Journeymen key to Highlanders win
Wellington - When the victorious Highlanders signed off the final Super Rugby season with a rags-to-riches story, they underscored the lesson that championships must be earned not bought.
Two years after buying a raft of All Blacks and finishing second to last, the Highlanders on Saturday fielded a team of mainly journeymen and won their first Super Rugby title with a 21-14 victory over the Hurricanes.
They attributed their upset win in part to a controversial clause in the conference system which forced them into the play-offs as the fourth best team, despite finishing second on points to the Hurricanes in the regular season.
"We're over the moon with the result," said coach Jamie Joseph who has ensured his "brotherhood", as they call themselves, will not be under-rated when the competition evolves into Super 18 next year.
"After the last two weeks, when we had to play the Chiefs and the Waratahs we felt we had a good preparation coming into the match," said Joseph.
"We knew it was going to be a tough battle, like it was, and we just felt that the fact we've had two hard games might have been a point of difference."
The Hurricanes, with an All Blacks-stacked backline, had home advantage and the benefit of a week off between the regular season and semi-finals which saw them installed as favourites.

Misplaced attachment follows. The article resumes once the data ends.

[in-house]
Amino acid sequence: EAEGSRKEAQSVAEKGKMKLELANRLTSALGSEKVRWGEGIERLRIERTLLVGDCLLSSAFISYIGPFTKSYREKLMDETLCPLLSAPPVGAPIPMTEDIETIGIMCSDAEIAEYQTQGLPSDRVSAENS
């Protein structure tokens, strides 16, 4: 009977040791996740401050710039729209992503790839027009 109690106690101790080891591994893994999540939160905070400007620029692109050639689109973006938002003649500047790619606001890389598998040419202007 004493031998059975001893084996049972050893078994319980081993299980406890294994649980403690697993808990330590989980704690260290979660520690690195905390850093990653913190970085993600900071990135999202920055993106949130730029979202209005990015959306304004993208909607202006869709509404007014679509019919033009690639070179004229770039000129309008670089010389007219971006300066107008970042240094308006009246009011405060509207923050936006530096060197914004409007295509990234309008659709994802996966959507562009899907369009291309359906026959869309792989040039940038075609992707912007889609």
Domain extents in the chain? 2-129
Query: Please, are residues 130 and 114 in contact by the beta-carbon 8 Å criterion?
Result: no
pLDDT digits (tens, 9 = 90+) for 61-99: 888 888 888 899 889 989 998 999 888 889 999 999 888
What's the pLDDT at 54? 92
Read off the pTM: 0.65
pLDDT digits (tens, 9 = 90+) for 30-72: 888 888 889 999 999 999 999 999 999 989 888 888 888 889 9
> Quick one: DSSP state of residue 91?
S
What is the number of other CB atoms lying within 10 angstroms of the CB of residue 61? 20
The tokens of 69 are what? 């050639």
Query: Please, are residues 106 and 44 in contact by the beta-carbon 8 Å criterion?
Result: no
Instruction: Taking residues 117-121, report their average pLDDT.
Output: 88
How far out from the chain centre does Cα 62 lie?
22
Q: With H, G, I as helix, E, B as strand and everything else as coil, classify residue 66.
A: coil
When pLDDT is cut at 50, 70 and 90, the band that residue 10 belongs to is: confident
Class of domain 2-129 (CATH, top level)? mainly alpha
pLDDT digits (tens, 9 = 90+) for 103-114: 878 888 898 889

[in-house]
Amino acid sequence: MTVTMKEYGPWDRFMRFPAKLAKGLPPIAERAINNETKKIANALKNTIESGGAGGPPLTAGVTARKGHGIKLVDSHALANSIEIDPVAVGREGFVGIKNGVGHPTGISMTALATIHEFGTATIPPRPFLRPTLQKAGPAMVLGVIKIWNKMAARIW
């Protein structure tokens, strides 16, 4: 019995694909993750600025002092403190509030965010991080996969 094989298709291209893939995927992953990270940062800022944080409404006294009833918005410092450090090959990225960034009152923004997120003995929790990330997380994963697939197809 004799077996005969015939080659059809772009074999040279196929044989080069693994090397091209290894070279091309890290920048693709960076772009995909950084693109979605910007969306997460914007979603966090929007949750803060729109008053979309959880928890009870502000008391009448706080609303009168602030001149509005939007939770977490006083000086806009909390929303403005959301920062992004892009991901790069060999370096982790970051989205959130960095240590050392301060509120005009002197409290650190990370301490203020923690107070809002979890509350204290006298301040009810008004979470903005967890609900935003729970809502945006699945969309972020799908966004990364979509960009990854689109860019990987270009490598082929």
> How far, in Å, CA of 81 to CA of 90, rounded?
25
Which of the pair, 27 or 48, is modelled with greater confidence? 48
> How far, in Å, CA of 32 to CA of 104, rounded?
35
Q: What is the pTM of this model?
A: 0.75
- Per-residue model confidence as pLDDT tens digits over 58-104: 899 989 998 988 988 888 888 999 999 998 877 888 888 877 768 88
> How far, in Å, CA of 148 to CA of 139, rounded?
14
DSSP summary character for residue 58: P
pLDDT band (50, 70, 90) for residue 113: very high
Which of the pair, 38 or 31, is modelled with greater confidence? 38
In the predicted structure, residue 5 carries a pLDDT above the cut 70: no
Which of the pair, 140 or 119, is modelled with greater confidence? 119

"The best thing about it was that no one believed," Highlanders scrum-half Aaron Smith said as the unheralded southerners celebrated proving the doubters wrong.
Assistant coach Tony Brown, who played for the Highlanders when they lost their only other final appearance in 1999, said the end result was no surprise to the team.
"Everyone believed that we could do it and everyone put in the work. It was nine months of hard work that paid off and now we're going to enjoy the spoils."
The Highlanders led all the way, held a 13-5 advantage at half-time, and outscored the Hurricanes two tries to one.
It ended a 20-year wait to become the fourth New Zealand side to win the Super crown and completed a remarkable turnaround in the fortunes of the southernmost club in the southern hemisphere championship.
Two years ago, the move to buy in a raft of All Blacks - including Ma'a Nonu, Tony Woodcock, Hosea Gear and Brad Thorn - backfired when they won only three games.
Joseph then turned his focus on players unable to get regular time with other franchises but who wanted to be part of Super rugby and were keen on the Highlanders culture. The results were immediate.
With only three All Blacks in their ranks, the Highlanders finished sixth last year and took the championship this year.
The Hurricanes are now the only New Zealand side not to have won a Super title and coach Chris Boyd described Saturday's defeat as "a massive waste of an opportunity".
Conrad Smith, one of several long-serving All Blacks playing their last game for the Hurricanes, believed his side deserved better but was not totally despondent.
"I try to keep a perspective on things," the Hurricanes captain said.
"I'll be trying to keep telling the guys to lift their heads because there's a lot to be proud of. It's a game of footy we lost. I don't think it's a ruined season."